NIH program to prep Texas State graduates to make leap to doctoral programs

Inside TXST

Jayme Blaschke | June 14, 2021

male student filling test tube

Texas State University has been awarded a grant from the National Institutes of Health to prepare undergraduate students for doctoral programs in biomedical sciences.

woman standing in science lab
Karen A. Lewis

The five-year grant of approximately $1.2 million will support the Undergraduate Research Training Initiative for Student Enhancement (U-RISE) at Texas State. Karen A. Lewis, an associate professor in the Department of Chemistry and Biochemistry, will serve as the principial investigator. Sean M. Kerwin, a professor in the Department of Chemistry and Biochemistry, and Robert McLean, Texas State University System Regents' Professor and a professor in the Department of Biology, will serve as co-PIs.

The grant will comprise of two components: the Pre-RISE component will engage first-year students who are interested in science-related careers in career exploration and awareness, while the RISE component will competitively award financial and material support to up to 12 undergraduate students each year for research training at Texas State as well as directed mentoring for their applications to top-tier biomedical sciences Ph.D. programs. While some biomedical science doctoral students earn master's degrees before obtaining their Ph.D. degrees, this is not required, and U-RISE will support Texas State graduates to directly enter doctoral programs.

A recent report from the American Society for Biochemistry and Molecular Biology analyzed data from the National Science Foundation and identified that there was a disproportionately higher number of Black students who earned a master's degree before matriculating into a Ph.D. program. Lewis said that many first-generation students interested in biomedicine similarly plan to enter a master's program prior to pursuing a doctorate.

"Through the U-RISE program at Texas State we will be able to raise student awareness of the accessibility of doctoral programs, including that most science Ph.D. programs provide living stipends for students," Lewis said. "There's not necessarily a requirement for students to work and save up money before starting a Ph.D. program."

The U-RISE program will reach a broad range of Texas State students. In November 2019 the NIH changed its definition for underrepresented demographics in biomedical sciences, expanding it beyond ethnicity. New guidelines take into account socio-economic status, regionality, foster child status and dependency, among other factors, resulting in a more diverse pool of eligible students.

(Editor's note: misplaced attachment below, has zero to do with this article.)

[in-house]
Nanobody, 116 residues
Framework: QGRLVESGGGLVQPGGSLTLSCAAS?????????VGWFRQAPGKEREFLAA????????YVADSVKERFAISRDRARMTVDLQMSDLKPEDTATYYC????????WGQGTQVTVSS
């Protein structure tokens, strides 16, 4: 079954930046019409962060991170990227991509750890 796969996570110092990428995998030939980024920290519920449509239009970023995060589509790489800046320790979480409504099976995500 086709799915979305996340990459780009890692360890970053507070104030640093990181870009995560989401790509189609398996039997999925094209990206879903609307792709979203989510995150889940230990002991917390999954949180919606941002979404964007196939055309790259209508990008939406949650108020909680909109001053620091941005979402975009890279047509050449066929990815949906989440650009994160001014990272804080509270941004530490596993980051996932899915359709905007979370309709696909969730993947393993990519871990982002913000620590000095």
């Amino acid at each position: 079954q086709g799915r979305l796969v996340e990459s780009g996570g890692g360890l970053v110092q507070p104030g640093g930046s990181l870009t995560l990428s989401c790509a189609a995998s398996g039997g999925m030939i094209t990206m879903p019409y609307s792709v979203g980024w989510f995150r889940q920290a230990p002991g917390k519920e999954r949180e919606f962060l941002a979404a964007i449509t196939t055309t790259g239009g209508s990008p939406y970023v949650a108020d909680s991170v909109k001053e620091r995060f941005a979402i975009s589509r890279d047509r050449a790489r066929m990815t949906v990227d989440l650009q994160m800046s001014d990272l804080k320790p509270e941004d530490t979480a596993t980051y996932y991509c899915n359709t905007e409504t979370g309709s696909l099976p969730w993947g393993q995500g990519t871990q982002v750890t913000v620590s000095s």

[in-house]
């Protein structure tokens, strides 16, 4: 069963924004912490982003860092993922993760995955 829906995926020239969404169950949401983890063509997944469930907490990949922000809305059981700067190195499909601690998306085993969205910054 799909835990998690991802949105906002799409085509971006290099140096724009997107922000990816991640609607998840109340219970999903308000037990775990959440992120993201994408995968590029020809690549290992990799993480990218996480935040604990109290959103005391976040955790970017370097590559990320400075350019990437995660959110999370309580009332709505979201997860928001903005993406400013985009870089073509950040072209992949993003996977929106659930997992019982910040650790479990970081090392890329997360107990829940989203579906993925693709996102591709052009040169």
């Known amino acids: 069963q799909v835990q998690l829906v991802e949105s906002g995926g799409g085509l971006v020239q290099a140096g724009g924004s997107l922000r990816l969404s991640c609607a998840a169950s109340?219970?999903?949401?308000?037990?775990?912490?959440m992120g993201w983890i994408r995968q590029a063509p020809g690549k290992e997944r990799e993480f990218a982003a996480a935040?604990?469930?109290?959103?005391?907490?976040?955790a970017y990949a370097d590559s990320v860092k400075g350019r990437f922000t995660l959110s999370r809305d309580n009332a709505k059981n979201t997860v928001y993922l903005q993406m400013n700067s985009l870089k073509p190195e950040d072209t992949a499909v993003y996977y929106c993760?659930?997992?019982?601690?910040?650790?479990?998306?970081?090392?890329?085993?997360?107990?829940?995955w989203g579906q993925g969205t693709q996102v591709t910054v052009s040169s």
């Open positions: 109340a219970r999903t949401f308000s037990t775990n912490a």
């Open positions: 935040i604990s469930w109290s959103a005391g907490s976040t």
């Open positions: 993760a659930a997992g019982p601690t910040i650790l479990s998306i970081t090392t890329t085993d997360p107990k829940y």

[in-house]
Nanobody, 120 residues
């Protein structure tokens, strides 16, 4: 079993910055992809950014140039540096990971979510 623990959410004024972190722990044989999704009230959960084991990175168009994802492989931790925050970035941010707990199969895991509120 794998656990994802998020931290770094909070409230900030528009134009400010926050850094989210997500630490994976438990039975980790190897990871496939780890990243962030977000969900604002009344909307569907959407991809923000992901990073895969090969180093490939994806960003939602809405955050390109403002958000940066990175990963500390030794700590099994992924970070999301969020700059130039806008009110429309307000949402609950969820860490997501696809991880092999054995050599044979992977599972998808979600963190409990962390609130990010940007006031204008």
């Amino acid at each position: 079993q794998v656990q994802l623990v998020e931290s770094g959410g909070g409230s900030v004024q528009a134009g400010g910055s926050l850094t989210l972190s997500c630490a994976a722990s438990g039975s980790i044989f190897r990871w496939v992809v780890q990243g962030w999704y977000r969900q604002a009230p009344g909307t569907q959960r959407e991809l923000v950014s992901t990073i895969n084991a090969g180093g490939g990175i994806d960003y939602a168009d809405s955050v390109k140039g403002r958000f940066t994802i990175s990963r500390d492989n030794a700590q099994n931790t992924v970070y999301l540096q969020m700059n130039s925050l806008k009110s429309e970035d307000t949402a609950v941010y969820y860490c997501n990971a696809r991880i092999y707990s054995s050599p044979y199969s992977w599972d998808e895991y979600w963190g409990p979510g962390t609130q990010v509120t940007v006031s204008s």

"The NIH was really thinking about the myriad responsibilities and backgrounds of 21st century undergraduates," Lewis said. "Because of this revised definition, we are able to address some of the systemic challenges that our students are facing."

The senior RISE scholars will participate in the Pre-RISE activities with first-year students, serving as peer mentors and leaders. In the second and subsequent years of the Texas State U-RISE program, RISE scholars will receive full support to participate in summer research experiences at partner institutions. The Pre-RISE component serves as a recruiting tool to identify a broad applicant pool of potential U-RISE scholars. That, in turn, allows the U-RISE to benefit a larger number of students than just those who are ultimately accepted as RISE scholars.

"It's very helpful, especially for institutions like ours where we have such a diverse set of students who come from so many backgrounds," Lewis said. "The past year has taught us that our students are accomplishing amazing things while also managing significant responsibilities and challenges. The U-RISE program allows us to support a wide range of students in their own individual journeys while also contributing to the diversification of the biomedical workforce in Texas and the nation."

The U-RISE program at Texas State is a university-wide collaborative effort. Scholars will have opportunities to work with undergraduate research mentors in departments across the College of Science and Engineering, the College of Applied Arts and the College of Education. Additional support is provided by the College of Science and Engineering, University College through the University Seminar program and the Office of Research and Sponsored Programs.

For more information about U-RISE, visit

For more information, contact University Communications:

Jayme Blaschke, 512-245-2555

Sandy Pantlik, 512-245-2922